SEL Intro #4: Self Awareness

Self ReflectionThis is the fourth in a series of informational blog posts: SEL Intro #4. Check back weekly or search our archive for more!

What Is Self Awareness?

The Collaborative for Academic, Social and Emotional Learning  (CASEL) includes self awareness as one of its five core competencies for “promoting interpersonal and cognitive competence”. Promoting interpersonal and cognitive competence is basically another way of saying Social Emotional Learning (SEL). In this case, CASEL’s detailed definition of self awareness includes the abilities to identify emotions, accurately perceive oneself, recognize strengths, have self confidence and be self efficacious (able to produce a desired result).

These smaller pieces play crucial roles in the EDMO Method™  SEL Skills and Mindsets, too. In fact, CASEL’s findings were part of the research used to develop the EDMO™ Method. But our method is more than just SEL. It extends beyond to include the character traits of curiosity, courage and kindness, which make us feel better and fuel our passion for STEAM (Science, Technology, Engineering, Art & Math).

What Does Self Awareness Do?

This group of abilities, or skills, that make up self awareness can be thought of as  one of several sets of puzzle pieces that make up the giant jigsaw that is human behavior. When these puzzle pieces fit together properly (just as well developed SEL skills do), we have success dealing with people, acquiring knowledge and getting things done. For example, let’s do a thought experiment. We’ll start with something simple, like the idea of managing a particular emotion, maybe anger.

In order to have cognitive and interpersonal competence (or “success”) when I feel angry, I rely on self awareness to:

  • be able to identify anger when I feel it (identify emotions)
  • have a reasonable idea of what I look like to others when I feel angry (accurately perceive oneself)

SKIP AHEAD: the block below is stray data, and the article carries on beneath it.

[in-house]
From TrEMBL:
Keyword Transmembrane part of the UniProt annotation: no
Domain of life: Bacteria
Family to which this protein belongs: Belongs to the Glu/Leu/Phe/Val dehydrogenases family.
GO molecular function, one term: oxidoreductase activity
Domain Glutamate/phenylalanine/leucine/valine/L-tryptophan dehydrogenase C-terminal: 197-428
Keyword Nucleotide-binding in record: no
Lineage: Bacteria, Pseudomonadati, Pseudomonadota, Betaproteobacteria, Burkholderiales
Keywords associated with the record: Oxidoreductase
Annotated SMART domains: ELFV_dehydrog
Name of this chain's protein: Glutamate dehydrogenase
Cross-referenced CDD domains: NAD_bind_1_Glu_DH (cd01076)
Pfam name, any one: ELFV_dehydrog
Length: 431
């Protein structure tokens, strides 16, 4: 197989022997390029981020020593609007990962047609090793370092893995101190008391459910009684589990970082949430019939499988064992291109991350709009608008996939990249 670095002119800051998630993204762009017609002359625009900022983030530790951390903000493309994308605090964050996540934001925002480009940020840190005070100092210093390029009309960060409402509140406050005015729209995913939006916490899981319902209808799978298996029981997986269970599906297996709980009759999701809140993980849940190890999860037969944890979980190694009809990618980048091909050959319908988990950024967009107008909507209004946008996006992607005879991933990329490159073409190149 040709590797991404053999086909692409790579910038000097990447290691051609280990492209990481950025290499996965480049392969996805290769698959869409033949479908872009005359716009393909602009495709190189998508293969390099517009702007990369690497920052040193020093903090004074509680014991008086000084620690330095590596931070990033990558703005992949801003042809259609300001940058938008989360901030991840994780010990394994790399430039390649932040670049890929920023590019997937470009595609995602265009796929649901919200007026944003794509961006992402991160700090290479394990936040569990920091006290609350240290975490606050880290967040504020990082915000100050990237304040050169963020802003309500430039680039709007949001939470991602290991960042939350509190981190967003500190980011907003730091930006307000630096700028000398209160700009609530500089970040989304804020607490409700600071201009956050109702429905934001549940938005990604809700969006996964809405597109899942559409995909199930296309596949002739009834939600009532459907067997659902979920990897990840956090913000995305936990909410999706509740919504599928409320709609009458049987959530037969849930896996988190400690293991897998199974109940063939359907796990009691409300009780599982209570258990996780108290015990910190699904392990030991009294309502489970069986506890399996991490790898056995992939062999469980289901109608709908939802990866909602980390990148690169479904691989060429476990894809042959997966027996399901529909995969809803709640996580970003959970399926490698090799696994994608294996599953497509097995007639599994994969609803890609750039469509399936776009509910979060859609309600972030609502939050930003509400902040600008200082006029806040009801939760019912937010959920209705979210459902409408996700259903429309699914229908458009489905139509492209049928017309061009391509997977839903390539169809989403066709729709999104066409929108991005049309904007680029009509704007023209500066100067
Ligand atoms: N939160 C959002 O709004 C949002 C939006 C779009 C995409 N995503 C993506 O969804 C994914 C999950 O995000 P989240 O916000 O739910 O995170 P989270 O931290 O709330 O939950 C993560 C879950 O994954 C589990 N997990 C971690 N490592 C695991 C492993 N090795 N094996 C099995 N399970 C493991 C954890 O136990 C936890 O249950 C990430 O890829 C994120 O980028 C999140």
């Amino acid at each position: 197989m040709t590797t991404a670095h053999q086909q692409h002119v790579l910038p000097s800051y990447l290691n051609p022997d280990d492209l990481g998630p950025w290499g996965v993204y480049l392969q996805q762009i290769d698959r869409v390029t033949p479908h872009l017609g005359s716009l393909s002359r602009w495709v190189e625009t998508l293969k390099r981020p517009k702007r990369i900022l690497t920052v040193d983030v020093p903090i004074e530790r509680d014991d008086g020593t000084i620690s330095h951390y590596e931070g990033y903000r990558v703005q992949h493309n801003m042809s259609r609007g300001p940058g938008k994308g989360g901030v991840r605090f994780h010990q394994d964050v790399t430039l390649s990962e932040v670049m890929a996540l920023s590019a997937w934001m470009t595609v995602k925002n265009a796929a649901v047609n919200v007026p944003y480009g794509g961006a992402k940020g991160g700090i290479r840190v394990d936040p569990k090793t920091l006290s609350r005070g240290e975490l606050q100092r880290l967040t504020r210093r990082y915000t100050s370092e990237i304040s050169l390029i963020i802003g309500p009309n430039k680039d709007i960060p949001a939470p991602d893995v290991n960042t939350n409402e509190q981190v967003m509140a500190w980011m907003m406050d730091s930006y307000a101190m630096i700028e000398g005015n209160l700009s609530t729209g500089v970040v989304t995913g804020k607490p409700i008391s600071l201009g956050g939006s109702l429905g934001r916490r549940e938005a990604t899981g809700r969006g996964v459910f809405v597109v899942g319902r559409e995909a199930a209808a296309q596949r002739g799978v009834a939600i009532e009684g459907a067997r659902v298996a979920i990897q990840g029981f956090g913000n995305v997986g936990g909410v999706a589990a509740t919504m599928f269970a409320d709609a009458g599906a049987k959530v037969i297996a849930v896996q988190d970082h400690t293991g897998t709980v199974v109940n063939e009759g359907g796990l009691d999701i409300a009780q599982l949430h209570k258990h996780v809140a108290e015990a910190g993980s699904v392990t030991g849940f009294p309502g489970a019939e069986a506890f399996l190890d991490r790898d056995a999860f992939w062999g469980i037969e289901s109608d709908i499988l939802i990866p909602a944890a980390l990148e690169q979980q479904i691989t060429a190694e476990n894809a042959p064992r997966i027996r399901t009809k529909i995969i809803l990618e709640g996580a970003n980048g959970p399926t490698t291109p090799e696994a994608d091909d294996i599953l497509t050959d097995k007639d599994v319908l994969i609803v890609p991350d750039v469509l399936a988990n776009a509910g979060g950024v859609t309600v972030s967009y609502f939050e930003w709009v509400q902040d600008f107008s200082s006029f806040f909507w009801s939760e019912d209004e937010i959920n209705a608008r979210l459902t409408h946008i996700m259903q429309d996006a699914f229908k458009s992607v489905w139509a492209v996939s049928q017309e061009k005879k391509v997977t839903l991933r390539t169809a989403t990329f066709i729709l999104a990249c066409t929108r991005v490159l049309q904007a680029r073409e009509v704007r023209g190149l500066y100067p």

• know methods for managing angry feelings that have been successful for me in the past (recognize strengths)
  • be confident that I *can* handle these feelings in a manner appropriate to where I am and who I am with (have self confidence)
  • be able to implement a set of steps that make up one of the methods that has worked for me in the past  to manage feeling angry in this set of circumstances with these particular people (be self efficacious)

Why Is It Important?

While the idea of managing our emotions may seem simple at first, just look back at how much is going on in there! Then think of how many different emotions we have and how vast the set of skills (or puzzle pieces) needed to manage all of them must be. Robert Plutchik’s wheel of emotion pictured below should give you some idea of how humungous a task that is!Robert Plutchik's Wheel of EmotionIt’s also important to see how self awareness can fit into the rest of the puzzle. So take a step back for a wider view of our experiment. What caused the anger in the first place?  What puzzle pieces (skills) do I need to deal with that sort of situation? In this case, I happen to know that my anger was caused by frustration when trying to solve a problem in science class. I’ll move on to that next post!

More Info, Please?

You can learn more about the core competency Self Awareness by following the links below:

Still not sure about what SEL is? Check our original post in this series: SEL Intro #1: What is Social Emotional Learning? Plus, be on the lookout for the next in this series of posts: SEL Intro #5: Core Competencies.